Ontario Liberal Premier, Dalton McGuinty
Credits: DARREN BROWN/QMI AGENCY
"I have an abiding confidence in the collective wisdom of voters and whatever they decide, we will respect," McGuinty said after visiting students at a west-end French school.
"Win, lose or draw, when it comes to the upcoming byelections, we'll respect the mandate we receive from Ontarians, from Ontario families in particular."
The two byelections -- set for Thursday -- could reshape the minority legislature voters delivered in October 2011, with the governing Liberals held just one seat shy of a majority.
Voters in Kitchener-Waterloo and Vaughan could give that majority back if they both send Liberals to Queen's Park.
Few expect the Grits to lose their hold on Vaughan, vacated by the retired former finance minister Greg Sorbara, but the fight to replace 22-year Tory MPP Elizabeth Witmer in Kitchener-Waterloo has turned into a tough, three-way race.
PC Leader Tim Hudak downplayed his party's chances in Kitchener-Waterloo but vowed to work hard to regain the support of its voters.
"There's no doubt Elizabeth Witmer was a very popular member there for a long time," Hudak said of his former caucus colleague. "It's more of a Witmer seat than I'd say a Tory seat or a Liberal seat or an NDP seat.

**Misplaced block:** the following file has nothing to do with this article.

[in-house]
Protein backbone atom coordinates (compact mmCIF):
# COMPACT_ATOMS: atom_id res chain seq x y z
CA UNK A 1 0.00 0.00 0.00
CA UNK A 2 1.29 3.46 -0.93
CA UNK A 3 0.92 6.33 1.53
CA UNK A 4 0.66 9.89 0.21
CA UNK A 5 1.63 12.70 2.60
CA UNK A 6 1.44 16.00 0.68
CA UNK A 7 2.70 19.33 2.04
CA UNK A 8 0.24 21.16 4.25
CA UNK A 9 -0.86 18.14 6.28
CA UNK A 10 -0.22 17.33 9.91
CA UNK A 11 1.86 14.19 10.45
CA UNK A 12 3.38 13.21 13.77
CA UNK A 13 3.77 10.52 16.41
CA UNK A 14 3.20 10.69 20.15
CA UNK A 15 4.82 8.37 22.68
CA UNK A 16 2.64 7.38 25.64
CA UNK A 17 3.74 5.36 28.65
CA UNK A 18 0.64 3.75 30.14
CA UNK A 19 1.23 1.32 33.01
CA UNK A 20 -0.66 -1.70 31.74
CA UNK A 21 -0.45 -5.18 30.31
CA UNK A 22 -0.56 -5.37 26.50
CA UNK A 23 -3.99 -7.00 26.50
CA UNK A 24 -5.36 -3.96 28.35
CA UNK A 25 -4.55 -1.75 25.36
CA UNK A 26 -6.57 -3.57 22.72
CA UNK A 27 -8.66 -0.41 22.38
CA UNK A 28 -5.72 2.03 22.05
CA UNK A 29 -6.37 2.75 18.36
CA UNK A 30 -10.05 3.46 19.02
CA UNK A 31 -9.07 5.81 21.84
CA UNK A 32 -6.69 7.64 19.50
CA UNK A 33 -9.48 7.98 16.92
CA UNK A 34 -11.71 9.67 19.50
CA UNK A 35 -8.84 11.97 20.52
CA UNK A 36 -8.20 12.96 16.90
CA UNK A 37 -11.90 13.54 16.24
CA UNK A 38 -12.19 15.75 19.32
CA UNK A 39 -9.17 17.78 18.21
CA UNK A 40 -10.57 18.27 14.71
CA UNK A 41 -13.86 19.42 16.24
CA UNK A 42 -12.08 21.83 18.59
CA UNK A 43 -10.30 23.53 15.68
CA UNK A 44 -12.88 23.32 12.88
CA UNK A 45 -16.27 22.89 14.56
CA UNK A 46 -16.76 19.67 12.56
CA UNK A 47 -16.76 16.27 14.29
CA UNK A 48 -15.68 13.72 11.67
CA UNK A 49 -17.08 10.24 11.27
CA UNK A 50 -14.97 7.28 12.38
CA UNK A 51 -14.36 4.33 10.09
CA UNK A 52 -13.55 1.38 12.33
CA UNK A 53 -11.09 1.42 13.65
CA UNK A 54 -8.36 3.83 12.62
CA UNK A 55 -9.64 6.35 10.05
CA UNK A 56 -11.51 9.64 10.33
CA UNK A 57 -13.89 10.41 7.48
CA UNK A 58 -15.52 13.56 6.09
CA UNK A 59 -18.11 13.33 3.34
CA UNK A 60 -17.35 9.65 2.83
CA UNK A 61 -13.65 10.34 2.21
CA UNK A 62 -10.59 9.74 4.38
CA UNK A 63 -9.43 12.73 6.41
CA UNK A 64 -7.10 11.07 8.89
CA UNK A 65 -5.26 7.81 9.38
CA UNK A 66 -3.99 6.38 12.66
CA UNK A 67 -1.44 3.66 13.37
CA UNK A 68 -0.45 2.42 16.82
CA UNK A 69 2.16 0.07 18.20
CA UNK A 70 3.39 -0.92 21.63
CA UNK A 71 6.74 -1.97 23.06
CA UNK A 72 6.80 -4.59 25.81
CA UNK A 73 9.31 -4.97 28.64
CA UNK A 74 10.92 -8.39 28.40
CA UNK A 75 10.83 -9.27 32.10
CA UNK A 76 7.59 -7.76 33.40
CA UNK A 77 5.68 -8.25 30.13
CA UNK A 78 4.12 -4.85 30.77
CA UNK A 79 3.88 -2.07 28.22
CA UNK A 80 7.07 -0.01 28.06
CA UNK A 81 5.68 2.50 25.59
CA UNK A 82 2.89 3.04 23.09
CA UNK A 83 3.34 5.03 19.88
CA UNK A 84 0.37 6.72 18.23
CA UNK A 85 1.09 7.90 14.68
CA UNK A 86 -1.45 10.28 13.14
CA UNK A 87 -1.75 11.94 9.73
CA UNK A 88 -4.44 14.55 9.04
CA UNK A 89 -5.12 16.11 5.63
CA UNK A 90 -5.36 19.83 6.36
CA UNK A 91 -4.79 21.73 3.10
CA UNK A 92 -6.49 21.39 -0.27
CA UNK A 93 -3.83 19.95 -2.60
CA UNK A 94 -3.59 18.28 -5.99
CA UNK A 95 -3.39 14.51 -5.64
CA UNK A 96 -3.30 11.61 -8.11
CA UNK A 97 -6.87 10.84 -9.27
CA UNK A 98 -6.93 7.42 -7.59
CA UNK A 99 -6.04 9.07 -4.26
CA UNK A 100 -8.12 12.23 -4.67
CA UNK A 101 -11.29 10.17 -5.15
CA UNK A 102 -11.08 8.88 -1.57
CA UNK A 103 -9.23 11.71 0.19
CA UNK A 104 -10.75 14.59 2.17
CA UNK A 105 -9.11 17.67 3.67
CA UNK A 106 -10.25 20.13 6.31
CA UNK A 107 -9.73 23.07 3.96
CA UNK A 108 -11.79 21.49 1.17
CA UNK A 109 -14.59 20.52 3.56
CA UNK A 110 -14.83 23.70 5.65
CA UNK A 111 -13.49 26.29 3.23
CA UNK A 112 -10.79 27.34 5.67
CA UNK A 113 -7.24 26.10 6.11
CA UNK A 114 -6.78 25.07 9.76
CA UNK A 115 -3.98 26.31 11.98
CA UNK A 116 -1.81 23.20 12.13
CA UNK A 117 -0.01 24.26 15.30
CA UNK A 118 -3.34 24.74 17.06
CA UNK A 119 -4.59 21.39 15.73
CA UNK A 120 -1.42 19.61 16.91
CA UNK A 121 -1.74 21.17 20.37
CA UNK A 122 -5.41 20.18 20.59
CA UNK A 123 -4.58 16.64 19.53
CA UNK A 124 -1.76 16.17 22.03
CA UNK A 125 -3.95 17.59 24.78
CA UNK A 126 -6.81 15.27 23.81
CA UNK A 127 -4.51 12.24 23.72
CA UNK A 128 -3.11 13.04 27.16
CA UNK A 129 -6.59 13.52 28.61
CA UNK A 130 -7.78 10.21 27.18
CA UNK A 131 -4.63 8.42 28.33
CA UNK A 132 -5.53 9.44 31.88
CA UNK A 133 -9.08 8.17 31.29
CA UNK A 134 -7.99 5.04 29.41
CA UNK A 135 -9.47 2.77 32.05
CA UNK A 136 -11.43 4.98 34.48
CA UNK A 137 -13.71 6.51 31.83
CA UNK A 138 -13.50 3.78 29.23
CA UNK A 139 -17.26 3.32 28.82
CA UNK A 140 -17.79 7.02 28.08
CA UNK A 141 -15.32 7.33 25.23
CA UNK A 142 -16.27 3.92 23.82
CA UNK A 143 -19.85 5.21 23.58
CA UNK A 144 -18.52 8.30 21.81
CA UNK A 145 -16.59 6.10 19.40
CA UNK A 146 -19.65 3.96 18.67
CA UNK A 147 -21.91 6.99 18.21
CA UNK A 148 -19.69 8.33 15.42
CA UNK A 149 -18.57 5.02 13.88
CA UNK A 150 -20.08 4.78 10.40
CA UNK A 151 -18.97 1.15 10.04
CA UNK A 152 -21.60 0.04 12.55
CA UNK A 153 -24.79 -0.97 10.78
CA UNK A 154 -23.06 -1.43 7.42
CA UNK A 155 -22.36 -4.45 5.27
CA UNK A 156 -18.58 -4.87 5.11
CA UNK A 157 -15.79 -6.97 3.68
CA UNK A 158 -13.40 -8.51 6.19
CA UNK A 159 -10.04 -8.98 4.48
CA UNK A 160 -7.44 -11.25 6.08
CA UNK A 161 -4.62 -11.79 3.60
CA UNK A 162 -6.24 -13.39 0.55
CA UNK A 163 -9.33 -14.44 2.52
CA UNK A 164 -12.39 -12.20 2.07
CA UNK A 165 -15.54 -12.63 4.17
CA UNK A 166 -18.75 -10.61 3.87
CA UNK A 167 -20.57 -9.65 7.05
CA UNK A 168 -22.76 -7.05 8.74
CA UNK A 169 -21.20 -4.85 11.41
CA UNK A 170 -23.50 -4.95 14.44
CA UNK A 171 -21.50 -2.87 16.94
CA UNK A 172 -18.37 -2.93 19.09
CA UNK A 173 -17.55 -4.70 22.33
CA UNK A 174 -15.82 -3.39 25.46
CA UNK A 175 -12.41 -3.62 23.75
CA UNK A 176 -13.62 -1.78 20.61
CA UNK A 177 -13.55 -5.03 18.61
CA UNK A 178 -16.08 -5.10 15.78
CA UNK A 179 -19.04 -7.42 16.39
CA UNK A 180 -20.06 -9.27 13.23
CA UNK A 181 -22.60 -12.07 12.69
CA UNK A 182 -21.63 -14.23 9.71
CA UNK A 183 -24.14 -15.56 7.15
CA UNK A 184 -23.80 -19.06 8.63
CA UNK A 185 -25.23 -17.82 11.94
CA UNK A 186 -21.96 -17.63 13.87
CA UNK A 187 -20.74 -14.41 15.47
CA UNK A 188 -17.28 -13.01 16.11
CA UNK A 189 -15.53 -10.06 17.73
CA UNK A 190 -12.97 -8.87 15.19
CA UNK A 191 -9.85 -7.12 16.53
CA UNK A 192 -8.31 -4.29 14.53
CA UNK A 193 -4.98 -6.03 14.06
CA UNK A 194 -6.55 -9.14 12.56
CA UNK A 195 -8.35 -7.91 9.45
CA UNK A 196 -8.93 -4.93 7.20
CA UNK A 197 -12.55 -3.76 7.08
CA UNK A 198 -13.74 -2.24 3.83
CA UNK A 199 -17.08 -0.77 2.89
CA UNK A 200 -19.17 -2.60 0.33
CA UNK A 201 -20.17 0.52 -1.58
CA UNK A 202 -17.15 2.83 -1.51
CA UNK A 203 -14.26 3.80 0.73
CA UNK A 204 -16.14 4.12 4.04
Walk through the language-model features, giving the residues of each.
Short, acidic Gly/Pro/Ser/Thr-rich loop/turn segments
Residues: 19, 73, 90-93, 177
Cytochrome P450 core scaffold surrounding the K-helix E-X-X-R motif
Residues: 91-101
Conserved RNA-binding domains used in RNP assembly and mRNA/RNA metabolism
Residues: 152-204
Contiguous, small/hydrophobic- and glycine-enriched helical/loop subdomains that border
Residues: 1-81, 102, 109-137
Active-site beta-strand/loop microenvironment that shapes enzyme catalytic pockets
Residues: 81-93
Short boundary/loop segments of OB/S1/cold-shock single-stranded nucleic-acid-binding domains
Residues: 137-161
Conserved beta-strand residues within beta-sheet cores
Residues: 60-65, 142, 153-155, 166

"But we take it very seriously and we'll be fighting each and every hour until byelection day to get our message across," he said.
Whatever the outcome, Hudak said the day after the byelections will be the "same for me as it is today."
Hudak said if he had a "mulligan" on the 2011 provincial election, he would spend more time emphasizing the conservative alternatives to the McGuinty Liberal platform.
Voters in the byelections shouldn't be fooled by the premier's get-tough message with the public sector, he said.
"There is a transparent phoniness to Dalton McGuinty's message that after nine years of opening the floodgates to runaway spending that somebody's going to turn off the taps," he said. "It's almost like he walked into the office after election day and said, ‘My God, who spent all this money.'"
New Democrats have basked in the limelight since last fall, as the third party used its balance of power to squeeze concessions from the Liberal budget -- influence they would lose if the Liberals win big Thursday.
"Ontario is facing some real difficulties if Dalton McGuinty gets his majority," NDP MPP Peter Tabuns said.
"I don't think he deserves a majority -- he deserves to be defeated."